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RE: are fault-replaces-message (FRM) and message-triggers-fault ( MTF) equivalent

From: Liu, Kevin <kevin.liu@sap.com>
Date: Fri, 7 Nov 2003 01:20:21 +0100
Message-ID: <99CA63DD941EDC4EBA897048D9B0061DA95CFF@uspalx20a.pal.sap.corp>
To: "'Amelia A. Lewis'" <alewis@tibco.com>, Sanjiva Weerawarana <sanjiva@watson.ibm.com>
Cc: www-ws-desc@w3.org

Hi Amy, Hi Sanjiva,

Thanks, I see the difference now. 

A related question: What's the semantic of multiple faults in an operation (as in Sanjiva's example)? With WSDL1.1, I believe having multiple faults under an operation means they are alternatives. But with the introduction of multi-in and multi-outs, it might be becoming confusing now. The meaning seems maybe different based on the pattern. (e.g, for an in-out pattern, it may still mean alternatives, but for in-multi-out, it's unclear) 

BTW, I just finished reading the part 2 spec and my impression is that this difference is not efficiently expressed, especially since the scenario you described below is not included in the spec. Would it be nicer for the readers if we can add your example to the spec?

Best Regards,

-----Original Message-----
From: Amelia A. Lewis [mailto:alewis@tibco.com] 
Sent: Monday, Nov 03, 2003 07:28 AM
To: Sanjiva Weerawarana
Cc: www-ws-desc@w3.org
Subject: Re: are fault-replaces-message (FRM) and message-triggers-fault (MTF) equivalent

-1.  Sorry.  See below.

On Sun, 02 Nov 2003 16:07:37 +0600
Sanjiva Weerawarana <sanjiva@watson.ibm.com> wrote:
> We currently have two fault patterns:
> - FRM which can be used *after* the first message (since it doesn't
>   make sense to start a MEP with a fault :-))
> - MTF which can be associated with the first message even, but of
>   course the fault follows the message since its the occurrence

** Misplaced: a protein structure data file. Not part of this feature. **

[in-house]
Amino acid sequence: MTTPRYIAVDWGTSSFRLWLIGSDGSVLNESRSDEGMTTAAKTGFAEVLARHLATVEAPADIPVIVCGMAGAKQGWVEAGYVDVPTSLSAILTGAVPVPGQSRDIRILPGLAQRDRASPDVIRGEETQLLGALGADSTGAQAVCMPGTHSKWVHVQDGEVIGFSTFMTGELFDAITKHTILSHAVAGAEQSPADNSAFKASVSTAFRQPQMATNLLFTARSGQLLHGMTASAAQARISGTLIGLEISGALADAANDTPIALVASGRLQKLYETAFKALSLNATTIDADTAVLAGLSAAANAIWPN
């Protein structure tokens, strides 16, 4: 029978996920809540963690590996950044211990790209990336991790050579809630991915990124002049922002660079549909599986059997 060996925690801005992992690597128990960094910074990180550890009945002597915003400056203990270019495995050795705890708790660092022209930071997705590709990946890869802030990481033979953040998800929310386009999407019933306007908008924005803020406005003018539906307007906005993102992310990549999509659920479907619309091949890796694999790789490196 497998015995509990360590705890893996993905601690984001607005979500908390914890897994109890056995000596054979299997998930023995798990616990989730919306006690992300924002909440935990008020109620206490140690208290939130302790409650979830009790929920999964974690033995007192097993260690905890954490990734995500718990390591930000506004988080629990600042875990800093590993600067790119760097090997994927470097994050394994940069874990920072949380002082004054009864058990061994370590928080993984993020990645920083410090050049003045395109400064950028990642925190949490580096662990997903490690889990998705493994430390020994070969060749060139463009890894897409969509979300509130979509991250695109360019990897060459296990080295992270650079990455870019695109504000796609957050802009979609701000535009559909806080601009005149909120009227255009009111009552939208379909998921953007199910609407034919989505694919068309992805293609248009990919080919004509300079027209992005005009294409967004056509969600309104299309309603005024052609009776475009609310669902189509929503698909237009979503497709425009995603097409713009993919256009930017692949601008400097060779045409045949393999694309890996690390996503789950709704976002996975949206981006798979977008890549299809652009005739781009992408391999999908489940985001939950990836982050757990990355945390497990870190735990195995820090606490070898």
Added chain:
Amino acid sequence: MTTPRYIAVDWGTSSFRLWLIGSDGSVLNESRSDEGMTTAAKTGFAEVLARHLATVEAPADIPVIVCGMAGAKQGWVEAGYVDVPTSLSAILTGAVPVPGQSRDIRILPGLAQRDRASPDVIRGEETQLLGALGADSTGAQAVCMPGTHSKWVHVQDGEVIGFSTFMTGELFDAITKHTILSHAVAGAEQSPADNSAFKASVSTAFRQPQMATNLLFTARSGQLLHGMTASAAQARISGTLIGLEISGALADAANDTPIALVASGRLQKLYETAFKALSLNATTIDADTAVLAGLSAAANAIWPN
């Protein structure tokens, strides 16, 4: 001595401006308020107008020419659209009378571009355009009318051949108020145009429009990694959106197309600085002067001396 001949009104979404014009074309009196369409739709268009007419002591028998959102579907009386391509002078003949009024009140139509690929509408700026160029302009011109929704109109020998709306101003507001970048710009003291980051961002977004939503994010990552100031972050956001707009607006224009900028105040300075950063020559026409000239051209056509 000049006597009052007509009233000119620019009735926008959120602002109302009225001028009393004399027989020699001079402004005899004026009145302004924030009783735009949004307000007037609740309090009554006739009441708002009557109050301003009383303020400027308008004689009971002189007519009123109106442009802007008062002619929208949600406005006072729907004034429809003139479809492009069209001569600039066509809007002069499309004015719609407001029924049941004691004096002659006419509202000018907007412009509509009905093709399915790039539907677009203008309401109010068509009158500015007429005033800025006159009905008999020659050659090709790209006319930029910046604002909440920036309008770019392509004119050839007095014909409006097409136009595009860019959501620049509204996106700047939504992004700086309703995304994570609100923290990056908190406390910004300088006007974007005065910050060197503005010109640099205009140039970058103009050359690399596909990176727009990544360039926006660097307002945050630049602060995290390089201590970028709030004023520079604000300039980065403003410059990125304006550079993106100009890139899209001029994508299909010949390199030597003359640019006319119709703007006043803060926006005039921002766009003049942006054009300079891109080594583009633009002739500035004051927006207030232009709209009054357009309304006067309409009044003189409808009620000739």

>   of the mesasage which triggers the fault.
> Now, can we not just stick to MTF? FRM seems like just a special
> case when the fault is associated with the first message but
> defined with MTF.  

Not exactly.  MTF specifies that the node faulting must try to return
the fault to the sender of the message.  FRM specifies that the node
faulting must try to send the node to the designated recipient of the
message it is supposed to transmit.

This means, for instance, in the commonly-discussed case of a three-way
req/resp (node1 in-> service out-> node2), that the target for the fault
generated by the service differs depending upon the model used.  For
FRM: node2.  For MTF: node1.  This has security implications.

> With FRM, we'd specify a simple in-out scenario with faults
> as follows:
>     <operation name='foo'>
>         <input messageReference='A' body='x:e1'/>
>         <output messageReference='B' body='x:e2'/>
>         <outfault messageReference='B' details='f:f1'/>
>         <outfault messageReference='B' details='f:f2'/>
>     </operation>
> If we switch the in-out to use MTF instead, this would look like
> this:
>     <operation name='foo'>
>         <input messageReference='A' body='x:e1'/>
>         <output messageReference='B' body='x:e2'/>
>         <outfault messageReference='A' details='f:f1'/>
>         <outfault messageReference='A' details='f:f2'/>
>     </operation>
> The only difference is the value of outfault/@messageReference.
> I can't think of a case where an FRM scenario couldn't be expressed
> using MTF thus.

in-only, out-only.  Using MTF, you get faulting.  Using FRM, you get
WSDL 1.1 style no-fault operations.

> So, shall we drop FRM and stick to MTF??

*laugh*  Last time, the proposal was to drop MTF and use only FRM.  I
think both are necessary, honestly.  Although I tend to agree that MTF
is more robust.

Amelia A. Lewis
Architect, TIBCO/Extensibility, Inc.
Received on Thursday, 6 November 2003 19:22:50 UTC

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